NC considers climate change solution as communities feel impacts

Petition filed outlines proven action to reduce carbon pollution from power plants

North Carolina’s participation in a regional program to cut carbon emissions is a cost-effective and proven policy option consistent with the state’s Clean Energy Plan, which sets a goal of reducing carbon dioxide emissions from the power sector by 70% by 2030, reaching net zero emissions by 2050.

SELC just filed a petition urging North Carolina to confront climate change by joining other states in a cooperative effort to reduce heat-trapping carbon dioxide emissions from power plants.

“With climate change already harming North Carolina, and science telling us we are running out of time to reduce our heat-trapping gas emissions, now is the time to take action,” says Gudrun Thompson, a senior attorney. “Whether we act now or delay determines our future as well as the legacy we leave our children and grandchildren.”

The petition for rulemaking, which Thompson says “outlines a cost-effective solution that is proven to work and ready to go to protect North Carolina’s economy, environment, and people,” was sent to the North Carolina Environmental Management Commission on behalf of Clean Air Carolina and the North Carolina Coastal Federation.

Under SELC’s proposal, the state would establish a carbon dioxide emissions-trading program and participate in the existing Regional Greenhouse Gas Initiative (RGGI) implemented by states from New England south through Virginia. In such a program, if a power plant emits carbon dioxide, it has to buy an allowance for each ton of carbon dioxide pollution it produces. Allowances can be bought and sold in a regional auction, which helps to keep costs down. The number of available allowances is reduced over time to reduce pollution.

We know action to reduce carbon dioxide emissions is urgently needed as North Carolinians increasingly feel the impacts of climate change from flooding, slower storms that drop more rain, rising sea levels that are harming coastal farmland, and warmer and more humid days and nights. Scientists warn of more dire consequences for North Carolina’s economy, environment and people—including to people’s health—if no action is taken or action is delayed.

“A hotter climate causes more extreme weather and higher seas that drown our coast in major floods that occur all too routinely,” says Todd Miller, executive director of the North Carolina Coastal Federation. “Recovery from these disasters cost taxpayers billons of dollars almost every year.”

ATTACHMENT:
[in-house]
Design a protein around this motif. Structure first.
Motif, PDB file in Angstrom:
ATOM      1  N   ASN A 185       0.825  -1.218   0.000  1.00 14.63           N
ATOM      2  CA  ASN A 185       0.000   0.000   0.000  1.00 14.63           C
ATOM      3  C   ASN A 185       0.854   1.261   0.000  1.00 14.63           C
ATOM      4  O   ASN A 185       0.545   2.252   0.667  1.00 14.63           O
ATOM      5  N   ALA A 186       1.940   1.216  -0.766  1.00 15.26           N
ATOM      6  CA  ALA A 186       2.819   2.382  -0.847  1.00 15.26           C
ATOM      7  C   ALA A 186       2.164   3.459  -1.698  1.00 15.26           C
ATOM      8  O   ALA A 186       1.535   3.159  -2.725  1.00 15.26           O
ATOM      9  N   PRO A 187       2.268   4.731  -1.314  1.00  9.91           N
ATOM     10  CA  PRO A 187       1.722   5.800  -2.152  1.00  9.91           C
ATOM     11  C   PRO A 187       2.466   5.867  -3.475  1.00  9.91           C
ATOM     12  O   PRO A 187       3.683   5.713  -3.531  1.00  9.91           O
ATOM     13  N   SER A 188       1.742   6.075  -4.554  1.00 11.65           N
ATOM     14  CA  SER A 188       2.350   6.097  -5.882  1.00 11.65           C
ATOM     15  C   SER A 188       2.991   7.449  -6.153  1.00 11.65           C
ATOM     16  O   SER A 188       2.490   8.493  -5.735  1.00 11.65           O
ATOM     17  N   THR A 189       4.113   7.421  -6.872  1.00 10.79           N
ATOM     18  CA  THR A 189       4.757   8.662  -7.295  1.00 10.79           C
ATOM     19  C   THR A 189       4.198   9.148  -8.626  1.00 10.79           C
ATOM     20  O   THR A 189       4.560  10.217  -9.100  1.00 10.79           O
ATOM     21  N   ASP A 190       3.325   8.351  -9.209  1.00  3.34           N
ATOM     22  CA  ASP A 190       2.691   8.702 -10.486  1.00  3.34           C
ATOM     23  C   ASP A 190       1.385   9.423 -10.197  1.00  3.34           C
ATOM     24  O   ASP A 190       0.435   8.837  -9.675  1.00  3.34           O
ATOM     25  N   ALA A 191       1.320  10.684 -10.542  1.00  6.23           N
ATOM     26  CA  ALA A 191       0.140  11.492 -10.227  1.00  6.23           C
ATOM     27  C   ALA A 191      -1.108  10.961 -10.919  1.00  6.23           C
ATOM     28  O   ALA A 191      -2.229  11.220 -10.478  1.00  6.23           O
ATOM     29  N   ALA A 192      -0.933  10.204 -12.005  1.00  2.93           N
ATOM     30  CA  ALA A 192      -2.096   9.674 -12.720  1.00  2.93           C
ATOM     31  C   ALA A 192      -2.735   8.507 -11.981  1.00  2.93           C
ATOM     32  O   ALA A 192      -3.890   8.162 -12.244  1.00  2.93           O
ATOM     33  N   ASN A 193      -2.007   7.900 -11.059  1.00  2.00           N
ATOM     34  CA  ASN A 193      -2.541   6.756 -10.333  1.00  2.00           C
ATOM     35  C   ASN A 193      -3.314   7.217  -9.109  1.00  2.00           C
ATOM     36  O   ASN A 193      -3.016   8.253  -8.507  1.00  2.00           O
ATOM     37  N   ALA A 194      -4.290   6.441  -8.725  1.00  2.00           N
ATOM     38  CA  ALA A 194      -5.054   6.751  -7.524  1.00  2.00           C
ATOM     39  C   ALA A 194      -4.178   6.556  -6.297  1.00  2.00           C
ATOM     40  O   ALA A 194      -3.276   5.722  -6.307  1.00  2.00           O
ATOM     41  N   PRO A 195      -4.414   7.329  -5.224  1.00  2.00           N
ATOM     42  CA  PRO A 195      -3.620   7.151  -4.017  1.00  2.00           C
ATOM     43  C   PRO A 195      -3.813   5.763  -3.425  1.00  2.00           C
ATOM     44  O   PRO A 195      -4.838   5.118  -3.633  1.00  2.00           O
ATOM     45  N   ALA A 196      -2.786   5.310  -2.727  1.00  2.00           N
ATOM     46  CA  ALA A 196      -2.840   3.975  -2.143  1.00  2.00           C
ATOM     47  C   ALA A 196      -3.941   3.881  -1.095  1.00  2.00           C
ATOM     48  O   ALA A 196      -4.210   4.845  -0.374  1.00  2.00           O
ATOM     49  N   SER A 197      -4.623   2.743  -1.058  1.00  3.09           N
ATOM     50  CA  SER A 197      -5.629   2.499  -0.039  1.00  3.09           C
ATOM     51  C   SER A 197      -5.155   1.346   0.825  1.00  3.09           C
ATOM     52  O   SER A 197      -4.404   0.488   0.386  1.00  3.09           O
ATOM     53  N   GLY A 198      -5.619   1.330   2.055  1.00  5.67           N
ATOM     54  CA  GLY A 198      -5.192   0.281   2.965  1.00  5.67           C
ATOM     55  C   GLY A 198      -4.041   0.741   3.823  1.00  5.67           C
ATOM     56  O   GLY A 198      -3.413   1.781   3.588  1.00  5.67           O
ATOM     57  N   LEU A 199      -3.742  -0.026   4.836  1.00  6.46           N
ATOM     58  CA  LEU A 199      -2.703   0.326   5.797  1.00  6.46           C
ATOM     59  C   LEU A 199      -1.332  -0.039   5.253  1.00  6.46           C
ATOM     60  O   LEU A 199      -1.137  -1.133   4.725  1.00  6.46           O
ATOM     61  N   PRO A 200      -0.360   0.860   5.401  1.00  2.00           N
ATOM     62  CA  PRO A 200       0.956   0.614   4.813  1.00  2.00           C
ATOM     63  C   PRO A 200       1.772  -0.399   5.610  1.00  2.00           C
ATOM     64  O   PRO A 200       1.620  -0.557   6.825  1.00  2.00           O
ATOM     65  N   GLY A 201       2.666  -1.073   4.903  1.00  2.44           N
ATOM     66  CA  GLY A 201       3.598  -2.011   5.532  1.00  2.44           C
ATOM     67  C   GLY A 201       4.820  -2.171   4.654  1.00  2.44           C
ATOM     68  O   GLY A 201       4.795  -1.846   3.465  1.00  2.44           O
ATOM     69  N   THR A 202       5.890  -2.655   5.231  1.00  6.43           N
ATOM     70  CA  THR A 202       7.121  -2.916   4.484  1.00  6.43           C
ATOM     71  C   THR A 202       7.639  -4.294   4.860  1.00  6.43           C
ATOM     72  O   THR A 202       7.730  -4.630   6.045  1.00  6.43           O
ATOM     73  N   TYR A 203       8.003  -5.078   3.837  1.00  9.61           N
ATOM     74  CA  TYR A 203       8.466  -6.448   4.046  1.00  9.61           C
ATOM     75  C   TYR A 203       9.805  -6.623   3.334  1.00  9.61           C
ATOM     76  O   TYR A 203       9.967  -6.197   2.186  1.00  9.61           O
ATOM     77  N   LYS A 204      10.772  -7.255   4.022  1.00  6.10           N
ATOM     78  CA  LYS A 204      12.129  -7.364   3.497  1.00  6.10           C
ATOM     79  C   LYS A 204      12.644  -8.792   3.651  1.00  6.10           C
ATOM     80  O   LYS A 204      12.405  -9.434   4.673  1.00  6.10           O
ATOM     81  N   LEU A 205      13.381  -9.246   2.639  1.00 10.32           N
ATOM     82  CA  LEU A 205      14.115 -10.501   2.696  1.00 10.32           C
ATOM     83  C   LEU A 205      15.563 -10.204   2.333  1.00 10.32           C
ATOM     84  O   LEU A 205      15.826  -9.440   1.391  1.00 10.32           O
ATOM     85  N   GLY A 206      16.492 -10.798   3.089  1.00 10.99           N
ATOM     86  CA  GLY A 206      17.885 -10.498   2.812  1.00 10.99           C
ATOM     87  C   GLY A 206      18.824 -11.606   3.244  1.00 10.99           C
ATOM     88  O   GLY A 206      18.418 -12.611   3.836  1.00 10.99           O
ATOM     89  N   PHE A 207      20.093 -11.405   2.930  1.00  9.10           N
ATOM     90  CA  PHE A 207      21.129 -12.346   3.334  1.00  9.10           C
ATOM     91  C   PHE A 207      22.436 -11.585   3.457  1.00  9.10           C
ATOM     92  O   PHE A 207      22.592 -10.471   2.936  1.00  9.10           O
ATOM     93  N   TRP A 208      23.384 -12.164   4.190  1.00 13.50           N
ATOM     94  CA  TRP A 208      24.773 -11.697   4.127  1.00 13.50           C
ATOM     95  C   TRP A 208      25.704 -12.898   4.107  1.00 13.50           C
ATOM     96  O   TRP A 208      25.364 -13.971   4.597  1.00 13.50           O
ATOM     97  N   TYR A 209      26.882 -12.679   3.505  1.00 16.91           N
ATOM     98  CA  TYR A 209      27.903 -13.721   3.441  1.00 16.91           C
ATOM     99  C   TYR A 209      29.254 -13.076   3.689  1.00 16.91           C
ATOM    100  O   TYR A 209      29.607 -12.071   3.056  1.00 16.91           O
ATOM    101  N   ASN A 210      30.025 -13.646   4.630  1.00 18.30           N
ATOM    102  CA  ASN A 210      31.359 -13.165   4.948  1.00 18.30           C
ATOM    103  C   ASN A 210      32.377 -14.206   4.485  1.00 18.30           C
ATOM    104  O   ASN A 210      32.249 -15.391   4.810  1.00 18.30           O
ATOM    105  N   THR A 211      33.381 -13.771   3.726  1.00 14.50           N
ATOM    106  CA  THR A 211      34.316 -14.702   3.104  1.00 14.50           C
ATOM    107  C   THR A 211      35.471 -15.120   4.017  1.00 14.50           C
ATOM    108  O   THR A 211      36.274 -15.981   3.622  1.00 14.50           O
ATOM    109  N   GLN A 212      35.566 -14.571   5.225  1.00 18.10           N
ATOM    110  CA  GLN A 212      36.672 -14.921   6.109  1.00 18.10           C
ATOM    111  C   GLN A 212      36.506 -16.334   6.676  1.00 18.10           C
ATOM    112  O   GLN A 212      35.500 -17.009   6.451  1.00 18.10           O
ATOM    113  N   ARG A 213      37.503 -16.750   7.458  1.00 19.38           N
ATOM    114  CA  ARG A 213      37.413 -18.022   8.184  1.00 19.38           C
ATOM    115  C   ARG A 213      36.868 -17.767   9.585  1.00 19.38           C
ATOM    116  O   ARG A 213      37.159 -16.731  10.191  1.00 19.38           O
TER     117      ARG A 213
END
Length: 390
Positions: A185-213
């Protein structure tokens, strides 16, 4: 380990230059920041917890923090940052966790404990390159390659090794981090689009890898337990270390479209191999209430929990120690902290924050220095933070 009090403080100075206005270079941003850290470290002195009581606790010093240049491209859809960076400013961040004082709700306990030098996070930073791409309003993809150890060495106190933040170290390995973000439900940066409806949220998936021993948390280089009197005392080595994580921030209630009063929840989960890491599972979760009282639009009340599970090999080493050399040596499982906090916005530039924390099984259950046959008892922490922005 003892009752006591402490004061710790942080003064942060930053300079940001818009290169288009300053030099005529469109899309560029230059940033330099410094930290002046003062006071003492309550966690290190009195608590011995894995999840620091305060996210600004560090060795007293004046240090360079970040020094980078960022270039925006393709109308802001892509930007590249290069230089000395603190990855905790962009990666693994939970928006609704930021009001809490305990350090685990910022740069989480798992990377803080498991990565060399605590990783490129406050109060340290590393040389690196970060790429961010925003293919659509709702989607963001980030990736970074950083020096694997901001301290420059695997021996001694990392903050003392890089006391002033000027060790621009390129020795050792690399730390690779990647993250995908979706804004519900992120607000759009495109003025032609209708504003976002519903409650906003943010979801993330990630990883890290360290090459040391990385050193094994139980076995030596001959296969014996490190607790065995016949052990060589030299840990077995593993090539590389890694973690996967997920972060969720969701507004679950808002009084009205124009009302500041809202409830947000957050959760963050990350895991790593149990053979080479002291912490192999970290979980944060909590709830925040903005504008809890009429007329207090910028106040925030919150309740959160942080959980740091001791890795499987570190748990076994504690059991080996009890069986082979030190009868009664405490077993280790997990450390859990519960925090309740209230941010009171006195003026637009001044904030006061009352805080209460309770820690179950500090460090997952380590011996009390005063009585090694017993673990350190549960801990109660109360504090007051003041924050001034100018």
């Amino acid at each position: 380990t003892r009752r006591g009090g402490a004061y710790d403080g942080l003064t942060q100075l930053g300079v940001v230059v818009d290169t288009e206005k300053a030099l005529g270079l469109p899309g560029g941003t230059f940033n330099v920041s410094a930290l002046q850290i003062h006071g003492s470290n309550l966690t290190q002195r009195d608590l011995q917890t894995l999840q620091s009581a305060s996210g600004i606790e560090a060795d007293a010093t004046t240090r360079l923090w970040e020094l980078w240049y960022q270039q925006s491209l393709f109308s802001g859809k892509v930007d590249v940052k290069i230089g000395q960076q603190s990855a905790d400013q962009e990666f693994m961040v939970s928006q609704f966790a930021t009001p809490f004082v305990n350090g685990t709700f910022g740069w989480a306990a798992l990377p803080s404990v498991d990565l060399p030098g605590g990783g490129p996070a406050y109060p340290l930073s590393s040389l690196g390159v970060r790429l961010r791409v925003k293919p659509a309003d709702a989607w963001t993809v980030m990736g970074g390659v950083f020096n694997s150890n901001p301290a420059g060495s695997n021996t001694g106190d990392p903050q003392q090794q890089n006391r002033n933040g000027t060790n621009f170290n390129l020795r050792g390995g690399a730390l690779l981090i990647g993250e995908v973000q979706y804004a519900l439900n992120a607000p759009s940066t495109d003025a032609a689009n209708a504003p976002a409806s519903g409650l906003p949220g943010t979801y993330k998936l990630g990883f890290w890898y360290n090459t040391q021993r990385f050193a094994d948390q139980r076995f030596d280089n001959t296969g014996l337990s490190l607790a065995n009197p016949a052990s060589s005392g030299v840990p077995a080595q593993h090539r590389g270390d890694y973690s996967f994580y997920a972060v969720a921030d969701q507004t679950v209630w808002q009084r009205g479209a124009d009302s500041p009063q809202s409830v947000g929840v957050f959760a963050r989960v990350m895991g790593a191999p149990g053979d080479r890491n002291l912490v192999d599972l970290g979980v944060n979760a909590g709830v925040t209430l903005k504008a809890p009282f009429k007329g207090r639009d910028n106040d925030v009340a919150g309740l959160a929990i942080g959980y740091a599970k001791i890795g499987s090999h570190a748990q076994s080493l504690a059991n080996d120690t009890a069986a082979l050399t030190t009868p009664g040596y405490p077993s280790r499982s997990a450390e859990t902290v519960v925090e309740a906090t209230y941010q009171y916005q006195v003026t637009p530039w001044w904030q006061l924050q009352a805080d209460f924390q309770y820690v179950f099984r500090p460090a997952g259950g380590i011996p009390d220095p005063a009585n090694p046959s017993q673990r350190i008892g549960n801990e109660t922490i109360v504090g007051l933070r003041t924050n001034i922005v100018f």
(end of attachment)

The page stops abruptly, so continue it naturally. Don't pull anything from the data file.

Coastal Review Online, published by the North Carolina Coastal Federation, is sharing stories on how local families are still recovering from the impacts of Hurricane Florence, and raising awareness on the increase in hurricane power and frequency brought on by climate change. Click here to read their stories.

SELC’s petition outlines a comprehensive approach to limit and reduce heat-trapping carbon dioxide emissions from power plants by participating in a regional emissions-trading program, and the commission has 120 days to initiate rulemaking or deny it. For more detials on the program, click here.

States already participating in RGGI saw carbon dioxide emissions from the power sector drop 47 percent over the last decade, as well as fewer premature deaths, hospital visits, and lost work or school days associated with asthma and other respiratory illnesses, strokes, and heart attacks. A similar approach was successfully used a few decades ago when acid rain plagued the United States, harming and killing fish, wildlife, and forests. That issue is now largely in the past thanks to a cap-and-trade program for nitrogen oxides and sulfur dioxide, the primary causes of acid rain.

Participation in the regional program is a cost-effective and proven policy option to reduce carbon dioxide emissions consistent with Governor Cooper’s Executive Order No. 80 and the Department of Environmental Quality’s Clean Energy Plan, which sets a goal of reducing carbon dioxide emissions from the power sector by 70 percent by 2030, reaching net zero emissions by 2050.

“Climate change is a health disaster for North Carolina, and one that will only get worse the longer we wait to act,” says June Blotnick, executive director of Clean Air Carolina. “It's time we use proven, cost-effective strategies and coordinate with other states to efficiently reduce climate emissions across the eastern U.S., protecting the health of our communities and the environment.”

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